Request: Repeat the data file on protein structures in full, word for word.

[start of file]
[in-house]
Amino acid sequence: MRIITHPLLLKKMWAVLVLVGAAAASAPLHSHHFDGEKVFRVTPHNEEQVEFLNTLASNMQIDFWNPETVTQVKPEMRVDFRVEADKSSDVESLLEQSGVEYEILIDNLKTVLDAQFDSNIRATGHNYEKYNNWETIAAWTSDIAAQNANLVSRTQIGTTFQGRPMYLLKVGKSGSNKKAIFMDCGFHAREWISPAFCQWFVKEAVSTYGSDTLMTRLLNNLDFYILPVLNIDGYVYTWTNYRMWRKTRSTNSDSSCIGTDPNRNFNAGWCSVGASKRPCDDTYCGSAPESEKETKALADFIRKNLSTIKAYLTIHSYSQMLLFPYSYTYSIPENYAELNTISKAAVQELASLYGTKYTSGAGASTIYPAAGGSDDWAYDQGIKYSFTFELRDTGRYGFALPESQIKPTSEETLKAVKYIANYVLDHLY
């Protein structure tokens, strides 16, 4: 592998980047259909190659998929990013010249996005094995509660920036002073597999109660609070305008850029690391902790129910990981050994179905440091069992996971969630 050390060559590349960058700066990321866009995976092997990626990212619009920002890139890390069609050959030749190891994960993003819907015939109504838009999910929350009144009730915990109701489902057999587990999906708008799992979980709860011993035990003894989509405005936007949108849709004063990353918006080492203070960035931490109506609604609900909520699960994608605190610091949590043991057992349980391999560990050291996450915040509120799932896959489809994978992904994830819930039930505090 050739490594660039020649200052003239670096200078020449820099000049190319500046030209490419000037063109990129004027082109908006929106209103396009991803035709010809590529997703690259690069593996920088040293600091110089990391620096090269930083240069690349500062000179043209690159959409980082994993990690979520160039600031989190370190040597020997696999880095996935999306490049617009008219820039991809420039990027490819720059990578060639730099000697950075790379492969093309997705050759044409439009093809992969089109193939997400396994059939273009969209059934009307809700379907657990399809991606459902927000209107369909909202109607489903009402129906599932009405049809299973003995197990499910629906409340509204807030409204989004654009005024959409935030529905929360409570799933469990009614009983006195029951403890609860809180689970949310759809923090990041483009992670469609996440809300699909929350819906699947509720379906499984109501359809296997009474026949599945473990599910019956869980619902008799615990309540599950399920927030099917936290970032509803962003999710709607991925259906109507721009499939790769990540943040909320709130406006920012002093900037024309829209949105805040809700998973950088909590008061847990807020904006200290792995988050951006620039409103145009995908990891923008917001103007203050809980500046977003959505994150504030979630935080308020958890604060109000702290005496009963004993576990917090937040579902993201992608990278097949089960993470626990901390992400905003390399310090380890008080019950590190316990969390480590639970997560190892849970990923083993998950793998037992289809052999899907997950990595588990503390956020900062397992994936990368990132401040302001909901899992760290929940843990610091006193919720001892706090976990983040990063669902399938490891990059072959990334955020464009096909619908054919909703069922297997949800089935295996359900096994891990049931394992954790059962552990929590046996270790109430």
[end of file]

[in-house]
Amino acid sequence: MRIITHPLLLKKMWAVLVLVGAAAASAPLHSHHFDGEKVFRVTPHNEEQVEFLNTLASNMQIDFWNPETVTQVKPEMRVDFRVEADKSSDVESLLEQSGVEYEILIDNLKTVLDAQFDSNIRATGHNYEKYNNWETIAAWTSDIAAQNANLVSRTQIGTTFQGRPMYLLKVGKSGSNKKAIFMDCGFHAREWISPAFCQWFVKEAVSTYGSDTLMTRLLNNLDFYILPVLNIDGYVYTWTNYRMWRKTRSTNSDSSCIGTDPNRNFNAGWCSVGASKRPCDDTYCGSAPESEKETKALADFIRKNLSTIKAYLTIHSYSQMLLFPYSYTYSIPENYAELNTISKAAVQELASLYGTKYTSGAGASTIYPAAGGSDDWAYDQGIKYSFTFELRDTGRYGFALPESQIKPTSEETLKAVKYIANYVLDHLY
């Protein structure tokens, strides 16, 4: 592998980047259909190659998929990013010249996005094995509660920036002073597999109660609070305008850029690391902790129910990981050994179905440091069992996971969630 050390060559590349960058700066990321866009995976092997990626990212619009920002890139890390069609050959030749190891994960993003819907015939109504838009999910929350009144009730915990109701489902057999587990999906708008799992979980709860011993035990003894989509405005936007949108849709004063990353918006080492203070960035931490109506609604609900909520699960994608605190610091949590043991057992349980391999560990050291996450915040509120799932896959489809994978992904994830819930039930505090 050739490594660039020649200052003239670096200078020449820099000049190319500046030209490419000037063109990129004027082109908006929106209103396009991803035709010809590529997703690259690069593996920088040293600091110089990391620096090269930083240069690349500062000179043209690159959409980082994993990690979520160039600031989190370190040597020997696999880095996935999306490049617009008219820039991809420039990027490819720059990578060639730099000697950075790379492969093309997705050759044409439009093809992969089109193939997400396994059939273009969209059934009307809700379907657990399809991606459902927000209107369909909202109607489903009402129906599932009405049809299973003995197990499910629906409340509204807030409204989004654009005024959409935030529905929360409570799933469990009614009983006195029951403890609860809180689970949310759809923090990041483009992670469609996440809300699909929350819906699947509720379906499984109501359809296997009474026949599945473990599910019956869980619902008799615990309540599950399920927030099917936290970032509803962003999710709607991925259906109507721009499939790769990540943040909320709130406006920012002093900037024309829209949105805040809700998973950088909590008061847990807020904006200290792995988050951006620039409103145009995908990891923008917001103007203050809980500046977003959505994150504030979630935080308020958890604060109000702290005496009963004993576990917090937040579902993201992608990278097949089960993470626990901390992400905003390399310090380890008080019950590190316990969390480590639970997560190892849970990923083993998950793998037992289809052999899907997950990595588990503390956020900062397992994936990368990132401040302001909901899992760290929940843990610091006193919720001892706090976990983040990063669902399938490891990059072959990334955020464009096909619908054919909703069922297997949800089935295996359900096994891990049931394992954790059962552990929590046996270790109430």